How to Replace Your Hackable Google Titan Bluetooth Security Key – Lifehacker

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How to Replace Your Hackable Google Titan Bluetooth Security Key – Lifehacker

If you’re using one of Google’s Titan Bluetooth Security Keys to sign into all your two-factor protected accounts, there’s good news and bad news. The bad news, as you can probably guess, is that Google has announced the discovery of a vulnerability that allows someone to potentially access to your accounts. The good news is Google identified the issue and will send you a free replacement that closes the loophole.

The Google Titan Bluetooth Security Key is a physical security token that, when paired with a phone or tablet, delivers one of the two passwords needed to unlock an account protected with two-factor authentication. It replaces the randomized password you might expect to receive from a two-factor authentication app or via text message. As many, including Google, rightly point out, using a physical token that automatically transmits these codes is far more secure than having a random password sent to your device.

According to Google’s Security Blog, Titan keys that use Bluetooth Low Energy architecture are exposed to attack during the Bluetooth pairing process. While pairing, an attacker can intercept the device’s signal from up to 30 feet away, allowing them to send data to the key and any device already paired with it. Technically, this could allow them to access your two-factor-protected device, so long as they sync their access with yours. It would take some real skills, but it is possible.

And because of that, Google has issued a recall of the affected Security Keys. To check whether your device needs to be replaced, look for a letter and number combo on the back of the key near the bottom. If your key says “T1” or “T2,” the key is exposed and you should go to Google’s recall management site. You will need to sign into your Google account when you access the site to claim your replacement. (Google checks to see if you have a key synced to your account). If that isn’t possible, you can email Google directly at [email protected]. (To make sure things go smoothly, I’d recommend having a serial number and receipt handy).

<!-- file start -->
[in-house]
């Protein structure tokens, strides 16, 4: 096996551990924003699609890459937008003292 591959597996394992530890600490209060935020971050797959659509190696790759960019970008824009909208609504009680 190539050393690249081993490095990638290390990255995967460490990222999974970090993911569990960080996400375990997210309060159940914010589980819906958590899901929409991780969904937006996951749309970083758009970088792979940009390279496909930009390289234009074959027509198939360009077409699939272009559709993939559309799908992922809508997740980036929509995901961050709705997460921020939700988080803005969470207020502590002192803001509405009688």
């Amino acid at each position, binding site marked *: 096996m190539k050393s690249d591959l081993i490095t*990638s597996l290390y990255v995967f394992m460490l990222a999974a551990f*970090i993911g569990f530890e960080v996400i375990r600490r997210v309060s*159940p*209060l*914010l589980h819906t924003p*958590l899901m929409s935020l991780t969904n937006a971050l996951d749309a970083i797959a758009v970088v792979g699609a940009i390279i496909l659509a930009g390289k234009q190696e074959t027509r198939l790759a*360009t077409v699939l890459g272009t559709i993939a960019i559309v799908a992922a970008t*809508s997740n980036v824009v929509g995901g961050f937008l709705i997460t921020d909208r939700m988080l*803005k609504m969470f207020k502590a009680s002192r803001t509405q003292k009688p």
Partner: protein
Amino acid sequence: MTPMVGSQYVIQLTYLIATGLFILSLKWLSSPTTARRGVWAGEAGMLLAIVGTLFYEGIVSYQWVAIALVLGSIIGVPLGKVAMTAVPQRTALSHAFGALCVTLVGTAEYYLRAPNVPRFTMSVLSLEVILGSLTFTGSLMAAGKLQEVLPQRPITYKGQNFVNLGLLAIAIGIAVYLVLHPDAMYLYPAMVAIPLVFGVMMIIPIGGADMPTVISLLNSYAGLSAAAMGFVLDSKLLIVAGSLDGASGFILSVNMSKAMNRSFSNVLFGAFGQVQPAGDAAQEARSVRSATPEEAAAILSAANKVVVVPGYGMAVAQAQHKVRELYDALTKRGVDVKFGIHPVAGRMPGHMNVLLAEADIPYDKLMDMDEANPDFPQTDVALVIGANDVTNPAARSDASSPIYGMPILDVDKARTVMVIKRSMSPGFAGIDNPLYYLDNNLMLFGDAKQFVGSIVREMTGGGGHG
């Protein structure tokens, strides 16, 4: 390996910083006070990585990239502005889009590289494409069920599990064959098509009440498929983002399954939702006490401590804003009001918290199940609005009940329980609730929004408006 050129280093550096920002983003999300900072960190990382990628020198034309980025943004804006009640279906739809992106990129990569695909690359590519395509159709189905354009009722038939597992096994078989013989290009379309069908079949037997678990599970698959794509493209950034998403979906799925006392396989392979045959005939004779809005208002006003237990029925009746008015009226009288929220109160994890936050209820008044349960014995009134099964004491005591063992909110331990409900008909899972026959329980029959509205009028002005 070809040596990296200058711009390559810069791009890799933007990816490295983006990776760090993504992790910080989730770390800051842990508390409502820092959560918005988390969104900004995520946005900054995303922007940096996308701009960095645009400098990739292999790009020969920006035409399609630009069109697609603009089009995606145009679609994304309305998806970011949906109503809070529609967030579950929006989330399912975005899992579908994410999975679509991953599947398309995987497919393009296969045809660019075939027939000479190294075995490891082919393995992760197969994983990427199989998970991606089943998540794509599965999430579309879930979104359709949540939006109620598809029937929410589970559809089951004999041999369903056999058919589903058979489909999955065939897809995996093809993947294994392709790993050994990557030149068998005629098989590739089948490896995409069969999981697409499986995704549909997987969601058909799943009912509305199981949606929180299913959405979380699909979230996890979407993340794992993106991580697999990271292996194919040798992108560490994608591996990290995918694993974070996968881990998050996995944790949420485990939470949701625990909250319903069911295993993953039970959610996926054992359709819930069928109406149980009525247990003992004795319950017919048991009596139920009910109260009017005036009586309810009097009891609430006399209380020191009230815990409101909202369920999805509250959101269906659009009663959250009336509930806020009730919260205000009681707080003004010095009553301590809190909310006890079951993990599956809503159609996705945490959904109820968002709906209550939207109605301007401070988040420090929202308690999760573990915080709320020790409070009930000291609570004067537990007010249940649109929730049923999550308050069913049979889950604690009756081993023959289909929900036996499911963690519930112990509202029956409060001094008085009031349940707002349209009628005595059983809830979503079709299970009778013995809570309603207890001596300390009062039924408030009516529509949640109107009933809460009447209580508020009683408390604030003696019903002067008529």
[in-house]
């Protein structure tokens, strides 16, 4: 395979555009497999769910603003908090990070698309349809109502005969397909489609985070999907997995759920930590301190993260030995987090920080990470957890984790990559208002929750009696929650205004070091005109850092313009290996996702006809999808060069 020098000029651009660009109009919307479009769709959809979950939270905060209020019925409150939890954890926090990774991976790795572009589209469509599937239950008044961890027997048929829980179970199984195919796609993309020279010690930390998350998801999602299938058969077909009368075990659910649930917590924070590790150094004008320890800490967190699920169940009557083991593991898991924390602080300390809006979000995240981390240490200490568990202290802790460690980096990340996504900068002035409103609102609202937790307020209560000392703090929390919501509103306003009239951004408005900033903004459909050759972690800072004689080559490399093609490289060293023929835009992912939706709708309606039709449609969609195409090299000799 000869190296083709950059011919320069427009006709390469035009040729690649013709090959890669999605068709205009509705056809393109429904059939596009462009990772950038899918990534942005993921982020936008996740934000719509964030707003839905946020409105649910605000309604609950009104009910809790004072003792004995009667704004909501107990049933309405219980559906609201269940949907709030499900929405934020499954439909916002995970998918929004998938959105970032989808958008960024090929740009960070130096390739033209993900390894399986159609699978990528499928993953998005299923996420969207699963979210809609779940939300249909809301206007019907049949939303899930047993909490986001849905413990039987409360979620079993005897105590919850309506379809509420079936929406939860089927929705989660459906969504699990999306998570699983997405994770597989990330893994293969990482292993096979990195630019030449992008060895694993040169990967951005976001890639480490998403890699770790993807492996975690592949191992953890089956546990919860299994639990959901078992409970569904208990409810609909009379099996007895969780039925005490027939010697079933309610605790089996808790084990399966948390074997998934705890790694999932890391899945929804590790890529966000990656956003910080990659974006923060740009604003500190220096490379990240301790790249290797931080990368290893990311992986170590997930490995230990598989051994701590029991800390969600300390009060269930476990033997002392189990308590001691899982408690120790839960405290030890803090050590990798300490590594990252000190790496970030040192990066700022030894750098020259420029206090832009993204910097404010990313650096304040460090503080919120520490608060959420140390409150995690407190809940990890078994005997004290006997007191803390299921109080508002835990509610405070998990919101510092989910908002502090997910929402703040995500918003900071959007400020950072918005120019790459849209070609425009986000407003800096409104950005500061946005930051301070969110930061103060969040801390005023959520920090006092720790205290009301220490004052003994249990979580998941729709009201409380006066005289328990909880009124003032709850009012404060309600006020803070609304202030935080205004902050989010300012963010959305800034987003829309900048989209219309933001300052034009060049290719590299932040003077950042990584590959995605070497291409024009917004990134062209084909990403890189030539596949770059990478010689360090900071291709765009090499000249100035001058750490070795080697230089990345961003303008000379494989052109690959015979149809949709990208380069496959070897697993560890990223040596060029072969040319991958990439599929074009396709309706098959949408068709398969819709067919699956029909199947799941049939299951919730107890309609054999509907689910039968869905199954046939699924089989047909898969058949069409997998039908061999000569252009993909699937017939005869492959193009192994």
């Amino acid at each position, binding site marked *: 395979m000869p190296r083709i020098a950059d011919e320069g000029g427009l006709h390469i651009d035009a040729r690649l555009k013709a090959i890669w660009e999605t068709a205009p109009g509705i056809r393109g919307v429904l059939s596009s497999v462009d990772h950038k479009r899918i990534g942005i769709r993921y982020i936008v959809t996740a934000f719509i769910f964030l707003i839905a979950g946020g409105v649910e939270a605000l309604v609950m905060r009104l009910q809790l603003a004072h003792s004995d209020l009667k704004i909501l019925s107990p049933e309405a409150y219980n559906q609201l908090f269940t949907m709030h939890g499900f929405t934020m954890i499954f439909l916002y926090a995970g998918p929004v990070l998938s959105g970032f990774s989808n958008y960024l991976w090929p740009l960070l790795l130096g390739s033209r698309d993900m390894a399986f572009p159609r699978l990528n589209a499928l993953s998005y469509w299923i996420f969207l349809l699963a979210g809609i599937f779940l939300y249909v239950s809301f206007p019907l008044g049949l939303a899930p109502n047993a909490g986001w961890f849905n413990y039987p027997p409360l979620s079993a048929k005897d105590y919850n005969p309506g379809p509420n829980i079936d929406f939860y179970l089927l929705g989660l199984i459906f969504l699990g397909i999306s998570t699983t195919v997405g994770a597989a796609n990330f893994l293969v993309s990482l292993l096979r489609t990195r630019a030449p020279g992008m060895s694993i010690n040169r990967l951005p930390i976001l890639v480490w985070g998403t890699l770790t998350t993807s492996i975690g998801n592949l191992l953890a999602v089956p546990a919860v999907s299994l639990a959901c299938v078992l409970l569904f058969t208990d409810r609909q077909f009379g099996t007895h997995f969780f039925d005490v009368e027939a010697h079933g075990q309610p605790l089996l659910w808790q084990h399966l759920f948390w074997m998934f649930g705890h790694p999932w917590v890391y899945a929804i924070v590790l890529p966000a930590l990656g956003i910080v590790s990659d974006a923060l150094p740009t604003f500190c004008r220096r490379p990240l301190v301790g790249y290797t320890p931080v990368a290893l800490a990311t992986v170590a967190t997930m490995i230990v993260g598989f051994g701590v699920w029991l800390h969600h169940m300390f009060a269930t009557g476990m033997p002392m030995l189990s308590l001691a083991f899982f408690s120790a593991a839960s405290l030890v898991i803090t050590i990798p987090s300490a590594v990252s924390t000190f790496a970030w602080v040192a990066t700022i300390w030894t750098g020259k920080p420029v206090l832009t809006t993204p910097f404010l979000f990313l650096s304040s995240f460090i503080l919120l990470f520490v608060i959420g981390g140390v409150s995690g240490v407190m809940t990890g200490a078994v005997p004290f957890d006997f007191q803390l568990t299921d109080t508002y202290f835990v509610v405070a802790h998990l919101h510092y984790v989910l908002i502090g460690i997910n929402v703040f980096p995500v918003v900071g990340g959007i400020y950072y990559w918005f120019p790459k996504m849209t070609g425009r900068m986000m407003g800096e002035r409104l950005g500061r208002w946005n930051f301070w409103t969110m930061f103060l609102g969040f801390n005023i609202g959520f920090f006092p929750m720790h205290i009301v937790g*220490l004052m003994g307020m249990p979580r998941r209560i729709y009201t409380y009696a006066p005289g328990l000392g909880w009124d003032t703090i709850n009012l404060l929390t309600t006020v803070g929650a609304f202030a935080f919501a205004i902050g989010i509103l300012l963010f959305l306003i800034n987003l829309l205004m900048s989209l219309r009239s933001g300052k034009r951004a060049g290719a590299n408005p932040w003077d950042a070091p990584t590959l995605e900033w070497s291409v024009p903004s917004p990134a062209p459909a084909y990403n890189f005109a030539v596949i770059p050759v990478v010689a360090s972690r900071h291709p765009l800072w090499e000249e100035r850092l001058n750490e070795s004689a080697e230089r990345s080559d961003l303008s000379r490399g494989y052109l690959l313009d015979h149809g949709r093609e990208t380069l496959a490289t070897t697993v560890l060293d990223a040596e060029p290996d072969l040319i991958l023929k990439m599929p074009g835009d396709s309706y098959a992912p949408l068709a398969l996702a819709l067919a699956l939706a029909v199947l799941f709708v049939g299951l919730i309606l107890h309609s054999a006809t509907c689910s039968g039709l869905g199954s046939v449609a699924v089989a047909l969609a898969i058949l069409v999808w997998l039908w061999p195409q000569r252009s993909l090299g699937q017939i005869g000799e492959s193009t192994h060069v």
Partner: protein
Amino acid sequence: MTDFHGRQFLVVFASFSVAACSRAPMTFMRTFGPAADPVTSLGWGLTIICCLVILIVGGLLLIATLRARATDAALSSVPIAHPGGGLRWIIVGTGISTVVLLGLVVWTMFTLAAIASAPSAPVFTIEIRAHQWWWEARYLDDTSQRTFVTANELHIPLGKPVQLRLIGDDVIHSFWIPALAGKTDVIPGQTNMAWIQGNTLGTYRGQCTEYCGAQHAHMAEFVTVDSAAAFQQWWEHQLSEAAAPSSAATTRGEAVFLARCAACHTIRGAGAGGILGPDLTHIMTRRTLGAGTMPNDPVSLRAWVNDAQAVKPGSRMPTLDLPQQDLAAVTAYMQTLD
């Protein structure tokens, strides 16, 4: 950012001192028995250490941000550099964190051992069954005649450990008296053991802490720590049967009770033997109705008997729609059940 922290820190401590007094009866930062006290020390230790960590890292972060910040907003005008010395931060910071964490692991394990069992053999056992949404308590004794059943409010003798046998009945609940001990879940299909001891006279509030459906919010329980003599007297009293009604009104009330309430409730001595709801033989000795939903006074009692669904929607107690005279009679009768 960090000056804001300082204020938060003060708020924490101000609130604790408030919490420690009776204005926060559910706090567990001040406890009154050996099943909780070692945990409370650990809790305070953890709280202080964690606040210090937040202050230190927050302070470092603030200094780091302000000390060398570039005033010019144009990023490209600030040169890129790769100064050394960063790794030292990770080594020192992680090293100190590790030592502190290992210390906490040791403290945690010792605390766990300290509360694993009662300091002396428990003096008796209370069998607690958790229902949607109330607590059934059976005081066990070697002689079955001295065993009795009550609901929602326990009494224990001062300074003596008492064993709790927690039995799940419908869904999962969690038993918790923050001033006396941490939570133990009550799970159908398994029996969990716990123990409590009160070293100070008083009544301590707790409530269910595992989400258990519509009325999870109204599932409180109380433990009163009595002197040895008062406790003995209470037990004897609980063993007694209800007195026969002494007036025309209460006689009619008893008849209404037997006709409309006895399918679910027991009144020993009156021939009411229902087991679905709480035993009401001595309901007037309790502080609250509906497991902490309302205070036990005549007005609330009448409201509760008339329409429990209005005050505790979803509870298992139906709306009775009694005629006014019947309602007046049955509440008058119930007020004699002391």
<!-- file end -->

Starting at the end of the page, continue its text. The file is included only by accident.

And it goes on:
Illustration for article titled How to Replace Your Hackable Google Titan Bluetooth Security Key

Until your replacement key arrives, Google recommends all users avoid using the Titan in public places where someone may be able to get close and/or see when you’re using your key. If you have not connected your Titan to your Google account, Google recommends you do so, then immediately unpair it from your device. Google noted that the affected Titan keys will stop working if paired with Apple devices running iOS 12.3, and that Android devices will automatically unpair affected keys once they receive the June Security Patch.

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